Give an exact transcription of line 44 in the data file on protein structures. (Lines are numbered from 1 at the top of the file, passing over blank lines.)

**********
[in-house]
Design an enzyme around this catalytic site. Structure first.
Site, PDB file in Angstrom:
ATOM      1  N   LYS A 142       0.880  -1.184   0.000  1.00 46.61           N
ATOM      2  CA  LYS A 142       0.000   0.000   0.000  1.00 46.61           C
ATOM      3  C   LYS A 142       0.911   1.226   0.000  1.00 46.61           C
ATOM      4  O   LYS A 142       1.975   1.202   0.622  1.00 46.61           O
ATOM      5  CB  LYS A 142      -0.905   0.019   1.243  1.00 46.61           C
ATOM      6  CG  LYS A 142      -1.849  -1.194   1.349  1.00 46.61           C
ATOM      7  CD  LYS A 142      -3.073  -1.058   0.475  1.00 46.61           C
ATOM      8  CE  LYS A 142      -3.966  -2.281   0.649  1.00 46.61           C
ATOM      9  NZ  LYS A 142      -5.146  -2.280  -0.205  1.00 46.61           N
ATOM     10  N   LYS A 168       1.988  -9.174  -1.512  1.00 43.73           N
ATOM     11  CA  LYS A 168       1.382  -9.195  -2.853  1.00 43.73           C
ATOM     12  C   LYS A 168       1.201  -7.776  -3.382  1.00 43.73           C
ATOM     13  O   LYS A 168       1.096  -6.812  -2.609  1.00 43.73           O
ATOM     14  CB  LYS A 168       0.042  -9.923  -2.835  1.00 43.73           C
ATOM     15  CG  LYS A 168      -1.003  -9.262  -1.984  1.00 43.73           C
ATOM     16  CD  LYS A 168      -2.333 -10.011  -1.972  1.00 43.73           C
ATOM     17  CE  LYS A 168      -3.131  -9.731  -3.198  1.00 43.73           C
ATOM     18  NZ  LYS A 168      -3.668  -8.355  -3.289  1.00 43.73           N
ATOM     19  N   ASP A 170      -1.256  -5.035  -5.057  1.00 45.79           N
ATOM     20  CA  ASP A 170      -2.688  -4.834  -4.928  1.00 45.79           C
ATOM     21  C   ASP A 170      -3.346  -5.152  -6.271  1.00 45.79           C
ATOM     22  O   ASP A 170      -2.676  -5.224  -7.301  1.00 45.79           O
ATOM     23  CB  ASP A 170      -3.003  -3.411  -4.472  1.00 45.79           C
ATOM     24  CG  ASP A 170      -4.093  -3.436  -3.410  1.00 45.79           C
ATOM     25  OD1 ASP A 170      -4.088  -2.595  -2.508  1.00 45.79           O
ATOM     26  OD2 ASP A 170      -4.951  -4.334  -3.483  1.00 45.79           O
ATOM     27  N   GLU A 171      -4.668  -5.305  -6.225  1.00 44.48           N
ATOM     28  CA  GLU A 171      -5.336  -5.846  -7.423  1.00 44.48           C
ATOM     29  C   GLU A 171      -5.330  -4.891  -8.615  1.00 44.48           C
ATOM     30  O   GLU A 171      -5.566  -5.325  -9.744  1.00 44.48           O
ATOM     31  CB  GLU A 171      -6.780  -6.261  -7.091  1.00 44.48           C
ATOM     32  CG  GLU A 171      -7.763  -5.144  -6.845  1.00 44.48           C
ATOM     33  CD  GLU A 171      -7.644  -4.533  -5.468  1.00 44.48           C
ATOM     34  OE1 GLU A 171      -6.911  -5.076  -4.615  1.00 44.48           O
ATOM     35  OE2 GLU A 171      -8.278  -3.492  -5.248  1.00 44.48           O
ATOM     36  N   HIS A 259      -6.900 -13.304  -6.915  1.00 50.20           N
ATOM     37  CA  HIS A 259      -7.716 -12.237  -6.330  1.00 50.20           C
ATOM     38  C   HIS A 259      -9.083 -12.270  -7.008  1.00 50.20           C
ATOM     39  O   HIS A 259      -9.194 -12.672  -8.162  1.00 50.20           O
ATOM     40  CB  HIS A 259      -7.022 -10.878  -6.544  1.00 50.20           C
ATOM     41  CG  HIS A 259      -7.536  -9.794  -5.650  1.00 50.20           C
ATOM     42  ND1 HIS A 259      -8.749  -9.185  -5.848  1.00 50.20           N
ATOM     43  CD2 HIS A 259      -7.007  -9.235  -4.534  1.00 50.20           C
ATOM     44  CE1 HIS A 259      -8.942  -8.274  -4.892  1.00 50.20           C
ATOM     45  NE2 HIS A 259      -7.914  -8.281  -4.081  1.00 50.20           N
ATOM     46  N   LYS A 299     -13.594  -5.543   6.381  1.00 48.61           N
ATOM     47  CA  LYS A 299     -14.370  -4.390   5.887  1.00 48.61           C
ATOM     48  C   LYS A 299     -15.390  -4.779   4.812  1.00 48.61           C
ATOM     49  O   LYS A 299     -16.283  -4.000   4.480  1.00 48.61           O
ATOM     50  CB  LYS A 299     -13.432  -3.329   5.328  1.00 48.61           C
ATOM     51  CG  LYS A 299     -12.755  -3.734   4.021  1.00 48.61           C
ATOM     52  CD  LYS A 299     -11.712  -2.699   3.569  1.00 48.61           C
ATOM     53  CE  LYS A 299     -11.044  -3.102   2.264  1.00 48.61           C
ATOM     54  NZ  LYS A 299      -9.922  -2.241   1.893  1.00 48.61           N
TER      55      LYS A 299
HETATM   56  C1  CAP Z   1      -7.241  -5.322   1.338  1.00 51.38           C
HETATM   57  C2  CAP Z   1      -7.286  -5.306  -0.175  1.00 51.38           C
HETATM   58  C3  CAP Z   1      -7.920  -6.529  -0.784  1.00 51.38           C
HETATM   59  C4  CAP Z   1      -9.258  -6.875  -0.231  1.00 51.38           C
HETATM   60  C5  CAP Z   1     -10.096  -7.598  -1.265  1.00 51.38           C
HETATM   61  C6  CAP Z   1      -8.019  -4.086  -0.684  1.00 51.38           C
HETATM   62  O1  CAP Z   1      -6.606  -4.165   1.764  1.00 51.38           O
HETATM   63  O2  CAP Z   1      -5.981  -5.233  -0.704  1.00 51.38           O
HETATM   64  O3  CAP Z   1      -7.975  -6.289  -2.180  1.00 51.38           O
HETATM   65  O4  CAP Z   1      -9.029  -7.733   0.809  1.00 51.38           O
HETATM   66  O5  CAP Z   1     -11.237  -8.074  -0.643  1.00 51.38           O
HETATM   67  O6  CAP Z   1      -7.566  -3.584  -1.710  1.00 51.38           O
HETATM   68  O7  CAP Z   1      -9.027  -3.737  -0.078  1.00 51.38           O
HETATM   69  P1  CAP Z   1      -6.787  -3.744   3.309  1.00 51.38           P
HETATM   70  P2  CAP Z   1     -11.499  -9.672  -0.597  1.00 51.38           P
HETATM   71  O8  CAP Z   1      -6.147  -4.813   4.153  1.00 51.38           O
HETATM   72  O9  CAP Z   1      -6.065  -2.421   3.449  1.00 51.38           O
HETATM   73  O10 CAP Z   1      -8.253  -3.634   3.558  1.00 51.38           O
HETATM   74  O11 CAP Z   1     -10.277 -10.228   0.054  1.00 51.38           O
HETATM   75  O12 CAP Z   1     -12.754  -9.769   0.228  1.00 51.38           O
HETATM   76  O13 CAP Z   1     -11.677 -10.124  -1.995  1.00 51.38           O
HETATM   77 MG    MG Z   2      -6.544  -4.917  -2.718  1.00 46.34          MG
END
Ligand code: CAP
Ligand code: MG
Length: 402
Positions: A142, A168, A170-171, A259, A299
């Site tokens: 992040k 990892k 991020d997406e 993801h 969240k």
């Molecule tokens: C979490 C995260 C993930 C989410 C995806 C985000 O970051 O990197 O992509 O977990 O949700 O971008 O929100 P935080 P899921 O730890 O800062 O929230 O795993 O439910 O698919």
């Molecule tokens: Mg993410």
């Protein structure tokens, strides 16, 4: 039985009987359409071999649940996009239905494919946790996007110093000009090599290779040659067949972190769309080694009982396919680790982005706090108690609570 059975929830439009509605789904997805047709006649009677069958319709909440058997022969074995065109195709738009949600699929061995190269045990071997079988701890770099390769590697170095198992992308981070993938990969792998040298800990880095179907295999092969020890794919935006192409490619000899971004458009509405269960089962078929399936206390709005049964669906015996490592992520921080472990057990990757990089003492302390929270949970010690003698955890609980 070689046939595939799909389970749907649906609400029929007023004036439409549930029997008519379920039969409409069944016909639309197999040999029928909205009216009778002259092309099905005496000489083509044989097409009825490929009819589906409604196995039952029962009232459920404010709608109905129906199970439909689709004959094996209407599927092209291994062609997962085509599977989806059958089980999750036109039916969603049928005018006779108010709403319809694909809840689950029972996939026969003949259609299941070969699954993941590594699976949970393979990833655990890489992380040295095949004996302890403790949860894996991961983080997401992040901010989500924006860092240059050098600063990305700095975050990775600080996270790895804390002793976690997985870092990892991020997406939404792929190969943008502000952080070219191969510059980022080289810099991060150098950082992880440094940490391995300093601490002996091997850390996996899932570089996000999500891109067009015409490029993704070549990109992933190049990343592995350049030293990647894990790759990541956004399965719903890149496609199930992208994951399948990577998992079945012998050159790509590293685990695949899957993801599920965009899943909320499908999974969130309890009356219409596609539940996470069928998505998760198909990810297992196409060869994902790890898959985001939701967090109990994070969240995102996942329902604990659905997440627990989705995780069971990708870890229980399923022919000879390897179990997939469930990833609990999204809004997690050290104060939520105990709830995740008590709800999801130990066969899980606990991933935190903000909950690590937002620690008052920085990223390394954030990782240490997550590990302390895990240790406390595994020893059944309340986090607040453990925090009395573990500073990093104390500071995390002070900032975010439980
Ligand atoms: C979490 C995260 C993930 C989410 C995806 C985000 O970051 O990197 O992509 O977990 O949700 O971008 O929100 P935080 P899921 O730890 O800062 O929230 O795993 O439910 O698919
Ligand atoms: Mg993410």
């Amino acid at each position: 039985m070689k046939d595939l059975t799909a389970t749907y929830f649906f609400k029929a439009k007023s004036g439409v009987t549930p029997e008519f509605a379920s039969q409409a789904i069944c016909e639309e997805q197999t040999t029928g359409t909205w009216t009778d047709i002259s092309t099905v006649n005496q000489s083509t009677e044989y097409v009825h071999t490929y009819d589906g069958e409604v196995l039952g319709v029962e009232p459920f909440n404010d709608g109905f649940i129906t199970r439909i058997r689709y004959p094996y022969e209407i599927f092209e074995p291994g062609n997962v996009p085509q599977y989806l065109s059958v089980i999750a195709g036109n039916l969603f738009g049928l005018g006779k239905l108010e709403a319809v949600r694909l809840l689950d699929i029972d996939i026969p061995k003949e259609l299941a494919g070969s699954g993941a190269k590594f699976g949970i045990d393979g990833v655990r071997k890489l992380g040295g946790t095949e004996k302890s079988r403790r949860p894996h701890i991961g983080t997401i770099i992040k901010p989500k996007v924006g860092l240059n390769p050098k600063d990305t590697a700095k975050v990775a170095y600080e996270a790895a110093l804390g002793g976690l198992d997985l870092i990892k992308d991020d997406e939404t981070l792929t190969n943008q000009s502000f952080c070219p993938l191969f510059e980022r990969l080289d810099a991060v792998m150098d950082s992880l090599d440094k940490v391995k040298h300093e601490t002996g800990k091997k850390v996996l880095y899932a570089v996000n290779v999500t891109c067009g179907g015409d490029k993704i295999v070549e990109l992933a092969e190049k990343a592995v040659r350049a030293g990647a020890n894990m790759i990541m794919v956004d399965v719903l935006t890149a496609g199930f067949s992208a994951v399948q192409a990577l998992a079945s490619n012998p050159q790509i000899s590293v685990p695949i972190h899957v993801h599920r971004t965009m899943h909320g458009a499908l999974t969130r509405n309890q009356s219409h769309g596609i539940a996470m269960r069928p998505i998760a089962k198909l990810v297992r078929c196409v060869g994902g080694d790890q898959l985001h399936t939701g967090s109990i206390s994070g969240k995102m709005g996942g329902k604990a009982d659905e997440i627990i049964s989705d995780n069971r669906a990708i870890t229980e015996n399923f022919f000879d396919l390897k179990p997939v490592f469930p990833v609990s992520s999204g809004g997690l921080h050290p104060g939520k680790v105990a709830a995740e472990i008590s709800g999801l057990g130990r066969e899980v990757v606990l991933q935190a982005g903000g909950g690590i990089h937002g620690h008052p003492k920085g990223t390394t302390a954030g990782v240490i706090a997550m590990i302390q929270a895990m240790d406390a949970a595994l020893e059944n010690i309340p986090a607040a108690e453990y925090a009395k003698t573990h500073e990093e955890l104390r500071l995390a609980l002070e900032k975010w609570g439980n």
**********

ATOM     41  CG  HIS A 259      -7.536  -9.794  -5.650  1.00 50.20           C